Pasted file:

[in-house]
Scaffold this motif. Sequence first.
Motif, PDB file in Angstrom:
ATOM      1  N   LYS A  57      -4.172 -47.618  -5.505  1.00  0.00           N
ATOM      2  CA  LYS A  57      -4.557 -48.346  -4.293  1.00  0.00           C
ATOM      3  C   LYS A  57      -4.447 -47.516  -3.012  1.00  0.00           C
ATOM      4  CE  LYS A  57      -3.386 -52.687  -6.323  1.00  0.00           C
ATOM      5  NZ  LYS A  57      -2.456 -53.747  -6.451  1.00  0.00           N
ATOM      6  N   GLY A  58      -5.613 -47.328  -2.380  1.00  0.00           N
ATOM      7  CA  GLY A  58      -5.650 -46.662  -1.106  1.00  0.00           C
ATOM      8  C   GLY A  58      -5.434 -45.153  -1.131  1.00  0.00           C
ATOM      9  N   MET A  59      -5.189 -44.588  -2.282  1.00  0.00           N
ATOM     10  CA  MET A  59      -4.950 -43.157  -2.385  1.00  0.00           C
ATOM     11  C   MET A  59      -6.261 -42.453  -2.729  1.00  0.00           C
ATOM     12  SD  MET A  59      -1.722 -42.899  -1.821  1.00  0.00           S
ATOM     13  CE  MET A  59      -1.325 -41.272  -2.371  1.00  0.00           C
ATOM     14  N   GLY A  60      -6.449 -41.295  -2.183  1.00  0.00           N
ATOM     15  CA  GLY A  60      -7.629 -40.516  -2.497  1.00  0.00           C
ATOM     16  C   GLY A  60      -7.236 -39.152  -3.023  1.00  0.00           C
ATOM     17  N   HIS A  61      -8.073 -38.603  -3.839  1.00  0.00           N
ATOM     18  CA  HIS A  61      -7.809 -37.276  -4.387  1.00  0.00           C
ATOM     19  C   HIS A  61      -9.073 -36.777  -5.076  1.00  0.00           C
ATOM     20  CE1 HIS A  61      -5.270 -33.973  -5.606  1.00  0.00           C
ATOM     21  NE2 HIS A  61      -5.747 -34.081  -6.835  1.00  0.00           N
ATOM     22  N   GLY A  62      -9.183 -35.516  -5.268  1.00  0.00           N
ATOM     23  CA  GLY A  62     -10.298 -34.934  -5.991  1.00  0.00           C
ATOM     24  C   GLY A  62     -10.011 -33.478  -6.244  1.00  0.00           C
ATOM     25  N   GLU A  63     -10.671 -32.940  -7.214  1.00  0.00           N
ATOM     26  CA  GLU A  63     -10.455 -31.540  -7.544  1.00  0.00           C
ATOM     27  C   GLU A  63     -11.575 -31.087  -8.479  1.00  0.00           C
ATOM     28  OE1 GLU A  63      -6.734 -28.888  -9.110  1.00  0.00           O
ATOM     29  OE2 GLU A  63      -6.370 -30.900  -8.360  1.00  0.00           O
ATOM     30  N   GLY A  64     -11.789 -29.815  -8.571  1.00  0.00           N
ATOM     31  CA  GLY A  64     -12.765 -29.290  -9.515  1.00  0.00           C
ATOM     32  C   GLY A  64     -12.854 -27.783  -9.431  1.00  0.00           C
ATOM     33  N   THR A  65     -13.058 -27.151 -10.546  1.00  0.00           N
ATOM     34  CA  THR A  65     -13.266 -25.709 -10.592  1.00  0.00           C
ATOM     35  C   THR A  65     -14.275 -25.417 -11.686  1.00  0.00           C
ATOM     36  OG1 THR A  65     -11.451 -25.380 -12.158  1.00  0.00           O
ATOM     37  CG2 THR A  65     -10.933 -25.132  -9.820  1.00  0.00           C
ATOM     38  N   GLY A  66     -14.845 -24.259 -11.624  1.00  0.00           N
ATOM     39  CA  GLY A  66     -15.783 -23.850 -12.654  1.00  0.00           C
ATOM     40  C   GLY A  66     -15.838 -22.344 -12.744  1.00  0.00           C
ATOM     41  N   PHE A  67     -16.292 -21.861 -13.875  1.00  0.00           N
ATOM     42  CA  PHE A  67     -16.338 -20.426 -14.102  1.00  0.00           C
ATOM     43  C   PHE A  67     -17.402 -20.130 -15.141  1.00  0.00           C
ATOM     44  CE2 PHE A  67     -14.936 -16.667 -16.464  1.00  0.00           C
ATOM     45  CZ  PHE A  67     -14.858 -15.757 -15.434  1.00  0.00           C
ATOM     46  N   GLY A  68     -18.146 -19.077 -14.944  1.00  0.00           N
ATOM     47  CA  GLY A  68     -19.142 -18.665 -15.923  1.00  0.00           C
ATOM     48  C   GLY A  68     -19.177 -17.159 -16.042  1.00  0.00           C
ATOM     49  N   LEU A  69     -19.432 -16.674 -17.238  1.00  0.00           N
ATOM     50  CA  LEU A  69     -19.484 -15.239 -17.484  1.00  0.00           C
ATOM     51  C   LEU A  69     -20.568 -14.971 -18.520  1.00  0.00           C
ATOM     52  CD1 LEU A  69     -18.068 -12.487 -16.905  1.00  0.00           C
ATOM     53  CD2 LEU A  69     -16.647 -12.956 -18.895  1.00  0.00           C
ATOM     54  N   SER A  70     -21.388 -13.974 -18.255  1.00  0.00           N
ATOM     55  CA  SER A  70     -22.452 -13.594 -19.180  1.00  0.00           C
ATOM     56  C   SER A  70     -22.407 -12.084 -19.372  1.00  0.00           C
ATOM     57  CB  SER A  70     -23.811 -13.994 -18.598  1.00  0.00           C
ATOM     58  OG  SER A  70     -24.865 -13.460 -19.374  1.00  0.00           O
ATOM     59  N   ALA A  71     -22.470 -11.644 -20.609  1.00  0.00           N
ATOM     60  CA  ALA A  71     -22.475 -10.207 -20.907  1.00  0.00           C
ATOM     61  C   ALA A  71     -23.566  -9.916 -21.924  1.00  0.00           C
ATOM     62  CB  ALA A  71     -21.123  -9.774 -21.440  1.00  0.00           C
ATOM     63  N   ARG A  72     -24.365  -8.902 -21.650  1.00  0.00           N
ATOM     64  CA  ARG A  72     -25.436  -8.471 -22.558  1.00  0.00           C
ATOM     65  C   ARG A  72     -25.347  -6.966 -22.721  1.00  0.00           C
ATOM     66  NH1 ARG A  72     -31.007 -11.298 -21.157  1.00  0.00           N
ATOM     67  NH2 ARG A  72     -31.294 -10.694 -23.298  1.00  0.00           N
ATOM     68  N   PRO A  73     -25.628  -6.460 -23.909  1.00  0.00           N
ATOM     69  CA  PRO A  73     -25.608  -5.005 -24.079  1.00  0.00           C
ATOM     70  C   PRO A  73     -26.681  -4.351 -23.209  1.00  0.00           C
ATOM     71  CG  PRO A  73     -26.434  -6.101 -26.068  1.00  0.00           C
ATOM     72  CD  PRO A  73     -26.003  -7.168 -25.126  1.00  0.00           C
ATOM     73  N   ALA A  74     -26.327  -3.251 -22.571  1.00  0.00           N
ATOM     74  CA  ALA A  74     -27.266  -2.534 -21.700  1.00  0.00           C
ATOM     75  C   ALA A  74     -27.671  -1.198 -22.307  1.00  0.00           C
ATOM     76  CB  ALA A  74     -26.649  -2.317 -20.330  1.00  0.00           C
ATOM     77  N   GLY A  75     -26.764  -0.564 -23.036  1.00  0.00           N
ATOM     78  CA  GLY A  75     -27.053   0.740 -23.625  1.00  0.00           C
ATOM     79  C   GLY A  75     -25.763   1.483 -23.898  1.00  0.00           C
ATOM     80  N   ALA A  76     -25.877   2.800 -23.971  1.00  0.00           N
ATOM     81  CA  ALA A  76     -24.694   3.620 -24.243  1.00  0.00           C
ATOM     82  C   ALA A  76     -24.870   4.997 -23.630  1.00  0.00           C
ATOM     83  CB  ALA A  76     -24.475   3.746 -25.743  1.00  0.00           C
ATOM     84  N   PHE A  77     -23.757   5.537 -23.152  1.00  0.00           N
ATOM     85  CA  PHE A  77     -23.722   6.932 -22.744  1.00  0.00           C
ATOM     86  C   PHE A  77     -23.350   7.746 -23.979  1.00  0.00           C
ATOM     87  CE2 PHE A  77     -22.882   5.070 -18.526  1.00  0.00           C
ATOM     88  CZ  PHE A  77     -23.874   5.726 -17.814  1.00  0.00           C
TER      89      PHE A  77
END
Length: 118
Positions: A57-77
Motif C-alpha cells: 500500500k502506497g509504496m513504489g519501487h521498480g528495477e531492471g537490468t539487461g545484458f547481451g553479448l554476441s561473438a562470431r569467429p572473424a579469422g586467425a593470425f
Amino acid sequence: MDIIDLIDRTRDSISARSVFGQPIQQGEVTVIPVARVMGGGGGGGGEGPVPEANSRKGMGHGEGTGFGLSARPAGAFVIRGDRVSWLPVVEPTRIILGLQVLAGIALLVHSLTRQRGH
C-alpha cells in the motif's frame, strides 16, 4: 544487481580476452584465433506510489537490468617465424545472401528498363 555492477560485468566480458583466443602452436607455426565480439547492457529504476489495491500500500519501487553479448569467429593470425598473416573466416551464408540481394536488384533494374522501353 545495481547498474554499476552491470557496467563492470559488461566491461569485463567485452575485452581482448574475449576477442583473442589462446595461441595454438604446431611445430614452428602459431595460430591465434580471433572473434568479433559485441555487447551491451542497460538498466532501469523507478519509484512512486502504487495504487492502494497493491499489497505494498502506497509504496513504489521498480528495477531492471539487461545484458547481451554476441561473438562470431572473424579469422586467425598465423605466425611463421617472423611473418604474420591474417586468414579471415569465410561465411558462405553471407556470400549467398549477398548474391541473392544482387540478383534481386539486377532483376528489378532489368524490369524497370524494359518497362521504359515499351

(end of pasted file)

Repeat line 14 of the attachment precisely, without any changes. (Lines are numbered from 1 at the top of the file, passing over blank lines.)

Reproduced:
ATOM     11  C   MET A  59      -6.261 -42.453  -2.729  1.00  0.00           C